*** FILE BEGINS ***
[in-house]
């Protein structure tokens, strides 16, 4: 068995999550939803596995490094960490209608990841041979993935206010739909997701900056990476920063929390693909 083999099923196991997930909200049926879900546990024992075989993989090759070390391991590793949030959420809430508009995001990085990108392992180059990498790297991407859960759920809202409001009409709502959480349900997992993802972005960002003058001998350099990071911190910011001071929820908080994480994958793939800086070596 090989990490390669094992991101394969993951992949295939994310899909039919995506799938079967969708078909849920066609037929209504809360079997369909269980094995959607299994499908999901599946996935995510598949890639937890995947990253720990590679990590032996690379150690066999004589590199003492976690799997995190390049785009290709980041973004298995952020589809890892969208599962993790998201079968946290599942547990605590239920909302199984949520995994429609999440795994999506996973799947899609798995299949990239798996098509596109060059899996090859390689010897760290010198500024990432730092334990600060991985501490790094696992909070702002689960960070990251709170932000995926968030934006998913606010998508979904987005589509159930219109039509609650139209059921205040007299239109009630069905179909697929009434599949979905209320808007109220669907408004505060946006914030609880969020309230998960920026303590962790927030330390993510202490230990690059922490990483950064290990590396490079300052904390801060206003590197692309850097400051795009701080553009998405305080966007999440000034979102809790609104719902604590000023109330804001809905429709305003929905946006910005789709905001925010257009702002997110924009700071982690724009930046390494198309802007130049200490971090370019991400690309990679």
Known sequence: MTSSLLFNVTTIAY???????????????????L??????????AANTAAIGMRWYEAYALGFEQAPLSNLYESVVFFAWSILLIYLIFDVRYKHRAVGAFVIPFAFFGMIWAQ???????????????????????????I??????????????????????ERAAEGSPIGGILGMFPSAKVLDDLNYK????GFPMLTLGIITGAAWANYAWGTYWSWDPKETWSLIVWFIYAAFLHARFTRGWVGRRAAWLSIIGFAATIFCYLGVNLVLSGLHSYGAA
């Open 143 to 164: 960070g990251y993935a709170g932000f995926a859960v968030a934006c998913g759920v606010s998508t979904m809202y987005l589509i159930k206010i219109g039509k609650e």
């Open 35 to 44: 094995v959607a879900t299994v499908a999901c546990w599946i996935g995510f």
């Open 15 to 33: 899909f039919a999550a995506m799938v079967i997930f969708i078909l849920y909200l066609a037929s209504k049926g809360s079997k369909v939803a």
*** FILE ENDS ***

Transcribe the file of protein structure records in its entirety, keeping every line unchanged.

[in-house]
């Protein structure tokens, strides 16, 4: 068995999550939803596995490094960490209608990841041979993935206010739909997701900056990476920063929390693909 083999099923196991997930909200049926879900546990024992075989993989090759070390391991590793949030959420809430508009995001990085990108392992180059990498790297991407859960759920809202409001009409709502959480349900997992993802972005960002003058001998350099990071911190910011001071929820908080994480994958793939800086070596 090989990490390669094992991101394969993951992949295939994310899909039919995506799938079967969708078909849920066609037929209504809360079997369909269980094995959607299994499908999901599946996935995510598949890639937890995947990253720990590679990590032996690379150690066999004589590199003492976690799997995190390049785009290709980041973004298995952020589809890892969208599962993790998201079968946290599942547990605590239920909302199984949520995994429609999440795994999506996973799947899609798995299949990239798996098509596109060059899996090859390689010897760290010198500024990432730092334990600060991985501490790094696992909070702002689960960070990251709170932000995926968030934006998913606010998508979904987005589509159930219109039509609650139209059921205040007299239109009630069905179909697929009434599949979905209320808007109220669907408004505060946006914030609880969020309230998960920026303590962790927030330390993510202490230990690059922490990483950064290990590396490079300052904390801060206003590197692309850097400051795009701080553009998405305080966007999440000034979102809790609104719902604590000023109330804001809905429709305003929905946006910005789709905001925010257009702002997110924009700071982690724009930046390494198309802007130049200490971090370019991400690309990679």
Known sequence: MTSSLLFNVTTIAY???????????????????L??????????AANTAAIGMRWYEAYALGFEQAPLSNLYESVVFFAWSILLIYLIFDVRYKHRAVGAFVIPFAFFGMIWAQ???????????????????????????I??????????????????????ERAAEGSPIGGILGMFPSAKVLDDLNYK????GFPMLTLGIITGAAWANYAWGTYWSWDPKETWSLIVWFIYAAFLHARFTRGWVGRRAAWLSIIGFAATIFCYLGVNLVLSGLHSYGAA
């Open 143 to 164: 960070g990251y993935a709170g932000f995926a859960v968030a934006c998913g759920v606010s998508t979904m809202y987005l589509i159930k206010i219109g039509k609650e």
């Open 35 to 44: 094995v959607a879900t299994v499908a999901c546990w599946i996935g995510f």
């Open 15 to 33: 899909f039919a999550a995506m799938v079967i997930f969708i078909l849920y909200l066609a037929s209504k049926g809360s079997k369909v939803a």